Fine Dining Ambiance At Affordable Price at Davao’s Donum Dei (God’s Gift)
Ida Damo | Dec 20, 2018
Davao has been growing leaps and bounds. With all the development going on, Davaoeños have been taking on the challenge to provide for and adapt to change.
Restaurants and other food places has been opening to cater to the growing needs of the Davaoeños for a variety of food choices. But what do Davaoeños prefer? Good old-fashioned home cooking.
Donum Dei or God’s Gift is the brainchild of Bernadith Jimenez Ipanag who has had years of experience running and cooking for their carinderia. Everything that they serve is a product of years of being in the food business and so you are guaranteed of good, quality, delicious food, that evokes of dinners in your home’s kitchen but is affordable.
Even the ambiance of the restaurant is elegant and yet rustic. If you just look from the outside, you would say it is for fine dining but when you get to peruse the menu, you can actually have fine dining without the extra cost.
Bernadith and the chef developed their menu from all-time Filipino cuisine favorites and so you would be comfortable ordering and knowing that you would get what you have in mind.
There may be surprises in the presentation or flavor but it sticks to what you have grown up with.
And since the restaurant is in front of a university, they also serve budget meals for the students.
So what dishes made me feel right at home at Donum Dei?
1. Ampalaya Na May Dilis (Bitter Gourd with Dried Salted Anchovies)
My mom and I always had an argument when it came to eating ampalaya. I was anemic and mom said I needed to eat ampalaya. I did not like it hen because it was bitter. Later on in college, I learned how to appreciate it and even managed to prepare it on my own.
So the first thing that I noticed about the Ampalaya Na May Dilis is that it was not too bitter; the preparation that it was soaked in, was sour (vinegar) that blended well with the crunchy salty dilis.
It is a perfect appetizer but yes, it would be a good as a main viand, too.
2. Ginataang Maanghang Anghang na Langka with Tahong (Jackfruit in Spicy and Sweet Coconut Milk with Shellfish)
Whenever I would get to eat ginataang langka, it would always be sweet and garnished with either shrimps or dried fish. This time, it was fresh tahong and the langka was a little spicy which added a different bite to the sweet and creamy coconut milk.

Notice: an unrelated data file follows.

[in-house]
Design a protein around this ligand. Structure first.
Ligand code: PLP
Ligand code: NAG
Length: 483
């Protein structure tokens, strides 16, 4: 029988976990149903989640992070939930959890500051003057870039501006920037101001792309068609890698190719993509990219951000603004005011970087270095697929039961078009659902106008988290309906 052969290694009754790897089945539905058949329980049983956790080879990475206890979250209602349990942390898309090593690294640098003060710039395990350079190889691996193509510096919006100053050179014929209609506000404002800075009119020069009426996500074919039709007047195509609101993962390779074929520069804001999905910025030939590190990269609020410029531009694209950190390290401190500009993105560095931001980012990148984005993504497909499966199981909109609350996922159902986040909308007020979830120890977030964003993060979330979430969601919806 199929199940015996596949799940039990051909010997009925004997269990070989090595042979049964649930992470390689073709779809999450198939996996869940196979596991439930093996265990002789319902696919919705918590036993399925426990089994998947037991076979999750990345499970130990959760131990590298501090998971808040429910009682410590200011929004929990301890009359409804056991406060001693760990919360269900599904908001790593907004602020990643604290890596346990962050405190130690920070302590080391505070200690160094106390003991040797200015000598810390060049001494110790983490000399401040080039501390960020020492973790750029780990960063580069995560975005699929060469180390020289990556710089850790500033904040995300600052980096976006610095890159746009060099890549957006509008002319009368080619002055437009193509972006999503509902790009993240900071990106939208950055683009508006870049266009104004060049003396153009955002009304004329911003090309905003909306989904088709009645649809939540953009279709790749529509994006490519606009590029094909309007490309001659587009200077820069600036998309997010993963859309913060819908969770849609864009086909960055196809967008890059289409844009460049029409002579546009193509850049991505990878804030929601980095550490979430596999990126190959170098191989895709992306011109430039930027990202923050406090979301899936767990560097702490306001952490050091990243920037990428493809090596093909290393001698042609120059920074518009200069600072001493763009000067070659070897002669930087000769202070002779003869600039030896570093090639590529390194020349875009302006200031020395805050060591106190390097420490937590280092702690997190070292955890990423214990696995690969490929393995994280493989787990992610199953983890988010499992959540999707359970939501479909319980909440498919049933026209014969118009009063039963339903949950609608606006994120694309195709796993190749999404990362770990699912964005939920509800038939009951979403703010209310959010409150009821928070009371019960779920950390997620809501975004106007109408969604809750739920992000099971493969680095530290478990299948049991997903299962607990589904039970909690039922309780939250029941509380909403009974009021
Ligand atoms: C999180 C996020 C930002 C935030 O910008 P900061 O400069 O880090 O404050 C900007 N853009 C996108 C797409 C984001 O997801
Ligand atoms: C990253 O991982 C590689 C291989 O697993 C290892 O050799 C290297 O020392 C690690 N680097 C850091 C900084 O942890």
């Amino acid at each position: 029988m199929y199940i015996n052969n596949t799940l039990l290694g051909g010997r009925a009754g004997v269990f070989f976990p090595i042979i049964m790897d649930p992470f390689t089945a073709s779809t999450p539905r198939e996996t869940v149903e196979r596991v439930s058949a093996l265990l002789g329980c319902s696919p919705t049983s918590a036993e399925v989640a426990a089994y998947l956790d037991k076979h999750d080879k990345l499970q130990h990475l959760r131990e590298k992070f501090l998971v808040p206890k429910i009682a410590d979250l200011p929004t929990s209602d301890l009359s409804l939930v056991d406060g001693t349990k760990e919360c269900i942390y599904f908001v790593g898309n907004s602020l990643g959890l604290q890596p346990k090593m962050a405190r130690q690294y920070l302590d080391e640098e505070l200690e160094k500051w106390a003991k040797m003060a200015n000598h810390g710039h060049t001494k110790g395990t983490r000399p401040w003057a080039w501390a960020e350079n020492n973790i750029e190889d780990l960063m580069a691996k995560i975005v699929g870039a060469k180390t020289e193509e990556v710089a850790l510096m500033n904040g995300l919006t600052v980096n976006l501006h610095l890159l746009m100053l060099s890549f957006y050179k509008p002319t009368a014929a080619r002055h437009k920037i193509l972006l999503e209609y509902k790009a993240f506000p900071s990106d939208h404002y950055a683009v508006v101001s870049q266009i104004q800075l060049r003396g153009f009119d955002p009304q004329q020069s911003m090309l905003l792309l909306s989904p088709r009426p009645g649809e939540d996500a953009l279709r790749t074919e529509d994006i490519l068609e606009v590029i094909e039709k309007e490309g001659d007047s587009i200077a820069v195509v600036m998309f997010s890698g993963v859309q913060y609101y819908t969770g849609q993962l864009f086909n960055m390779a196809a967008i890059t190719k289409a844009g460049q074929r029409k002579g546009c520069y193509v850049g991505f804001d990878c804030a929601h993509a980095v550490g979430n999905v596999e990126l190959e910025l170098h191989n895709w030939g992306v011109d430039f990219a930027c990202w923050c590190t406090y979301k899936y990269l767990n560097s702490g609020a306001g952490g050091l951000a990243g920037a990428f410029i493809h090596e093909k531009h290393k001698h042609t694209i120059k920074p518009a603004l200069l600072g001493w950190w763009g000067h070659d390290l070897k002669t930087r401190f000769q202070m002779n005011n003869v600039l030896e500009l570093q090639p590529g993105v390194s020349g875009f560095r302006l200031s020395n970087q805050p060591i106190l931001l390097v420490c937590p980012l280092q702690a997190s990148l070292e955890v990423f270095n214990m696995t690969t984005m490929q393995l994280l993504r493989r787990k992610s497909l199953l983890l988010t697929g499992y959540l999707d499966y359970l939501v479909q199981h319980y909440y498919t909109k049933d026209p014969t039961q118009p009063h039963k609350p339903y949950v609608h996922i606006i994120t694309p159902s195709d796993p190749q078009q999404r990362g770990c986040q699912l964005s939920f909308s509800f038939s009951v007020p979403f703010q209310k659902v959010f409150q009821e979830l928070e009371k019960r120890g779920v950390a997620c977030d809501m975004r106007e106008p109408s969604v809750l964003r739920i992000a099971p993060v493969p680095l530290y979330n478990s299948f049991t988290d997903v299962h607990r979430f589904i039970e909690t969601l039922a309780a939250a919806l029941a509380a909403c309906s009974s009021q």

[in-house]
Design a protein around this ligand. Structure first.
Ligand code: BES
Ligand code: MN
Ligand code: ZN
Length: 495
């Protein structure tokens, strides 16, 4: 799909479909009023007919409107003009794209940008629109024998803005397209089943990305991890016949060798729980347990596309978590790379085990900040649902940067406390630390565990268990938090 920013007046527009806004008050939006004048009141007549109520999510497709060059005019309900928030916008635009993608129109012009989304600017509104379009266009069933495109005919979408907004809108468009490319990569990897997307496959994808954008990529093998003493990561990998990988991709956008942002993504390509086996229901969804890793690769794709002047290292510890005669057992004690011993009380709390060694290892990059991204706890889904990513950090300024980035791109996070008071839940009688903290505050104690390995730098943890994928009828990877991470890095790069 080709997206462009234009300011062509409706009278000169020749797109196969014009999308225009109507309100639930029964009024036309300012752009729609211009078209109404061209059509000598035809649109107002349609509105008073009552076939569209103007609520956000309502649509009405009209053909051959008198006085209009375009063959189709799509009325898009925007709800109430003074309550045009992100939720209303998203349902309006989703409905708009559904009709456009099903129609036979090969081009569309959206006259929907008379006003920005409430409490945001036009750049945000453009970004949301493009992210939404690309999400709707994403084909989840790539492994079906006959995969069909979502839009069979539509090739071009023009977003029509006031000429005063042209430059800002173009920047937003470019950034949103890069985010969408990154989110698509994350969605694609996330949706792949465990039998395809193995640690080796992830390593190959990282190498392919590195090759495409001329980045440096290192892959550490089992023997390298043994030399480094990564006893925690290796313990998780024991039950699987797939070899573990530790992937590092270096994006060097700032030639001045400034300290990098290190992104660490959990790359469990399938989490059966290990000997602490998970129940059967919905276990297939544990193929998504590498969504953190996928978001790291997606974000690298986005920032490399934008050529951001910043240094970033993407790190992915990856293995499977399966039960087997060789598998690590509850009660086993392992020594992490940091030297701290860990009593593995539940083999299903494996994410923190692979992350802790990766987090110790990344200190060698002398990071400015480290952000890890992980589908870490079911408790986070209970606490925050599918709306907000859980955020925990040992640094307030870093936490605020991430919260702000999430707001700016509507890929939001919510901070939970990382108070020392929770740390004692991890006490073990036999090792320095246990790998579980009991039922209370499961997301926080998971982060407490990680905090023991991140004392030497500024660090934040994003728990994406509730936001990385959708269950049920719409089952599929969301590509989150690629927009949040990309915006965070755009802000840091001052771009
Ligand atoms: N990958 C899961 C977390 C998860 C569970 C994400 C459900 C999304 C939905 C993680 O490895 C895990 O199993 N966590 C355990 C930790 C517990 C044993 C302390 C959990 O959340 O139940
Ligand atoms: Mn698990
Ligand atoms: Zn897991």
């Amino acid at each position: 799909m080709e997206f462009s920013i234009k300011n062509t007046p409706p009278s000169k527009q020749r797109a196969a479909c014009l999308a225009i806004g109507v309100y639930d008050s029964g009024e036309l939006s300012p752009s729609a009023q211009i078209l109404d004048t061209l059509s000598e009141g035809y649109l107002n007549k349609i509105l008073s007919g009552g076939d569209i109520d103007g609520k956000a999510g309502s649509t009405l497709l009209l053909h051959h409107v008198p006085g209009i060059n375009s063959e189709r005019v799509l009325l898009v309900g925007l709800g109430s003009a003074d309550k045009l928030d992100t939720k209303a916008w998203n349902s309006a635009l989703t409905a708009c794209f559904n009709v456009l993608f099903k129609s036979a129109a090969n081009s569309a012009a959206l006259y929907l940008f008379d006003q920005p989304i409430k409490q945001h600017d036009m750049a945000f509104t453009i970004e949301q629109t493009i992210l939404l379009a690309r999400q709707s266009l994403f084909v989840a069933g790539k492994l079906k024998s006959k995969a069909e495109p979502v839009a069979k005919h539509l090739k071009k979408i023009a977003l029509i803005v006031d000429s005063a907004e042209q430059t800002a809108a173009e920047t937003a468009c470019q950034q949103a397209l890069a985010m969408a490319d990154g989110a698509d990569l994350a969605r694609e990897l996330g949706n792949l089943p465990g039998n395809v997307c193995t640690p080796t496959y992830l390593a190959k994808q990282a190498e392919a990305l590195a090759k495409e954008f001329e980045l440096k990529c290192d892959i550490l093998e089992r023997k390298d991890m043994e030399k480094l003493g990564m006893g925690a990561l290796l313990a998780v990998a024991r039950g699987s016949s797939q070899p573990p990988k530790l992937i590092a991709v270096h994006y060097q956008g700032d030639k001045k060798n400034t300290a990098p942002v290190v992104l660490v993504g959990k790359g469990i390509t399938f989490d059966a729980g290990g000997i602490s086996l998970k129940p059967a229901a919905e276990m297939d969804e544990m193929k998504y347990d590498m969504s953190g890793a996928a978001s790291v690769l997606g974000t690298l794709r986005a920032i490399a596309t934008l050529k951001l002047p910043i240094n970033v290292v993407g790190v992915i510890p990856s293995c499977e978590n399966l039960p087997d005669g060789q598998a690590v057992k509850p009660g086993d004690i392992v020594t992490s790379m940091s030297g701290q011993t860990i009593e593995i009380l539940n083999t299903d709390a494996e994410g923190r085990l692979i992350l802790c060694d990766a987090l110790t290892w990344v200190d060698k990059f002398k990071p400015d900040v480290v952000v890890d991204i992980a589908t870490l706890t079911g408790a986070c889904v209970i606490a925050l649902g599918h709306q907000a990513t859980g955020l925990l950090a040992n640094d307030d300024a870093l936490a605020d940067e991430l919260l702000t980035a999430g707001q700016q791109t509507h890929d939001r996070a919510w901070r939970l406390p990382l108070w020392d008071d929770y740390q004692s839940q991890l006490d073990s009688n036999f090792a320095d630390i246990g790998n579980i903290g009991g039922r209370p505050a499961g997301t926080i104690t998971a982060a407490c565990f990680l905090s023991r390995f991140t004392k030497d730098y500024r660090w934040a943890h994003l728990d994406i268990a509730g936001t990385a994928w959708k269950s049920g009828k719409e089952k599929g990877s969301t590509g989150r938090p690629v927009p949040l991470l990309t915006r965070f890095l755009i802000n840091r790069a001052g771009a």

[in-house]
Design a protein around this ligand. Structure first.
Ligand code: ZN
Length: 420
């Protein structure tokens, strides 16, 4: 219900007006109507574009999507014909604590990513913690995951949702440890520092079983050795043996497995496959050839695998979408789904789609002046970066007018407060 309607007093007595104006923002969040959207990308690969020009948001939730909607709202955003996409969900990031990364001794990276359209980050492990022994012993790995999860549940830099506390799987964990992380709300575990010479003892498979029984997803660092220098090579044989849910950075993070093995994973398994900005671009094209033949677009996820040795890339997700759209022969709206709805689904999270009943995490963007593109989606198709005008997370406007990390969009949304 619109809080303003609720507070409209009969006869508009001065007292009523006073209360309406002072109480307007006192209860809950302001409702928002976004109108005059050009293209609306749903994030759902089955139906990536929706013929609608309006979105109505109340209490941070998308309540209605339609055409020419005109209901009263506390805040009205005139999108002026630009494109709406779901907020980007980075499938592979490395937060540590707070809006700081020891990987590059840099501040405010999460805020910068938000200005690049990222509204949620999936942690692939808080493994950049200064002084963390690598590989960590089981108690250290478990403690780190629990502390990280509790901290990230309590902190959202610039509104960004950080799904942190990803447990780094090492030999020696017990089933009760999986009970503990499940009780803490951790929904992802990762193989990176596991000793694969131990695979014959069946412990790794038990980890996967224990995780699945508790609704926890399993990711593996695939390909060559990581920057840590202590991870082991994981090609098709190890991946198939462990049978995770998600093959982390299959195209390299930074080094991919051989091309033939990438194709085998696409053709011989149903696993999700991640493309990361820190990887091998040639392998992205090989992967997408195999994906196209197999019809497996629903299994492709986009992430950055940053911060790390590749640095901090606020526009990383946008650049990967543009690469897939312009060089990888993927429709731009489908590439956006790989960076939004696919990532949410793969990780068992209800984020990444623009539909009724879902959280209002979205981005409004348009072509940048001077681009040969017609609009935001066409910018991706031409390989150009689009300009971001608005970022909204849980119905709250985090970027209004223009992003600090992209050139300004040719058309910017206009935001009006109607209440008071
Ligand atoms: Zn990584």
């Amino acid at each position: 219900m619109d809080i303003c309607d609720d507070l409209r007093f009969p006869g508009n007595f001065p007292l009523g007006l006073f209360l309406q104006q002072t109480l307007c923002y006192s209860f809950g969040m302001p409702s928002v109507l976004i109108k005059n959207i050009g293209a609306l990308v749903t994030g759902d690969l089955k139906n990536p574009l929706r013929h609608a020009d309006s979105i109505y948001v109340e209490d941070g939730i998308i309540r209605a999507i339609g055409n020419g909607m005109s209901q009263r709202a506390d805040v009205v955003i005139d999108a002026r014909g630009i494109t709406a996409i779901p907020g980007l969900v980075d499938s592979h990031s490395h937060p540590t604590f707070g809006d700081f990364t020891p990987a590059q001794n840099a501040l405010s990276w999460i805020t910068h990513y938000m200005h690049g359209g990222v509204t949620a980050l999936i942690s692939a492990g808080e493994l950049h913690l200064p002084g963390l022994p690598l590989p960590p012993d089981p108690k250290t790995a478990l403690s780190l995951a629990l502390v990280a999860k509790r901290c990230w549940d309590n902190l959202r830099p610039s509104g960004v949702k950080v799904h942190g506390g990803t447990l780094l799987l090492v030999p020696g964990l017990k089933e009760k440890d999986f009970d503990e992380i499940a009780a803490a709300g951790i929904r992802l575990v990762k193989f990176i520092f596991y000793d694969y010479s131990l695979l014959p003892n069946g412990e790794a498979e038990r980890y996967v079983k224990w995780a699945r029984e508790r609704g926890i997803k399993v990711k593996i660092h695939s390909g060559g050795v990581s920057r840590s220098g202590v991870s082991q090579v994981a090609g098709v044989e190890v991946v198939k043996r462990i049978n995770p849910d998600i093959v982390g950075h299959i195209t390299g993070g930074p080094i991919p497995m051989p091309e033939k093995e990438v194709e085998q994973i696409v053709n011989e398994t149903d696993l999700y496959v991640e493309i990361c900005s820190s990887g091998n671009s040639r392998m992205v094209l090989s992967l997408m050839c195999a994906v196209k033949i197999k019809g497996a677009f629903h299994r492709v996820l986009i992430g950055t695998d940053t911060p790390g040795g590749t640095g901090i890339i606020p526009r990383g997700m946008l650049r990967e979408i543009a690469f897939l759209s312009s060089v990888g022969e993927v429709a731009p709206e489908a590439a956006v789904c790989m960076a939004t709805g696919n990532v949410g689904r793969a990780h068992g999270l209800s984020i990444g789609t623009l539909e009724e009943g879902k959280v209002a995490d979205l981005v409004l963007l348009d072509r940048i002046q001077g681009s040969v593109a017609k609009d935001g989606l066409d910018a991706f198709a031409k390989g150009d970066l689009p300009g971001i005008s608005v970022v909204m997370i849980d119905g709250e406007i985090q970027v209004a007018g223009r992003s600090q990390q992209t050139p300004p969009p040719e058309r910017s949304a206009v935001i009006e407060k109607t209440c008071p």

The tahong is a surprise as it provided a twist to the usual dish. It also added a different flavor to the mix.
Pinakbet is an Ilokano original but different places in the country has introduced variations to it. I would always remember how my housemate in college who is an Ilokano, cooked it.
Pile all the freshest vegetables in a pot, sliced tomatoes, pour bagoong, simmer, do not stir.
Donum Dei’s pinakbet tasted the closest to that cherished pinakbet memory because it used bagoong instead of the alamang. They then topped it with crispy pork cutlets. It was delicious.
And here we come to my barometer for good Filipino dish--- Kare-Kare. My criteria for judging kare-kare: Sauce should be peanutty and mixed with ground rice and not just commercial peanut butter; vegetables should still be fresh and crunchy; meat should be tender and juicy and tasty even without the sauce; and the alamang should not be too salty and overpower the natural sweetness of the peanut sauce but complement it.
After consulting with Bernadith on why the taste of the peanut is faint, she said it came from the sauce turning into a reduction. And so, aside from that, the kare-kare was just fine.
There are still a lot of dishes to sample and we are definitely going back for the lechon kawali.
Do try Donum Dei. Fine dining atmosphere with home cooking that is affordable.
How to get there:
- Davao City can be reached by plane from Manila and Cebu. Major airlines have daily flights to Davao. Travel time is an hour and 50 minutes from Manila and 50 minutes from Cebu.
- Donum Dei is located at University Avenue fronting Women’s in Juna Subdivision.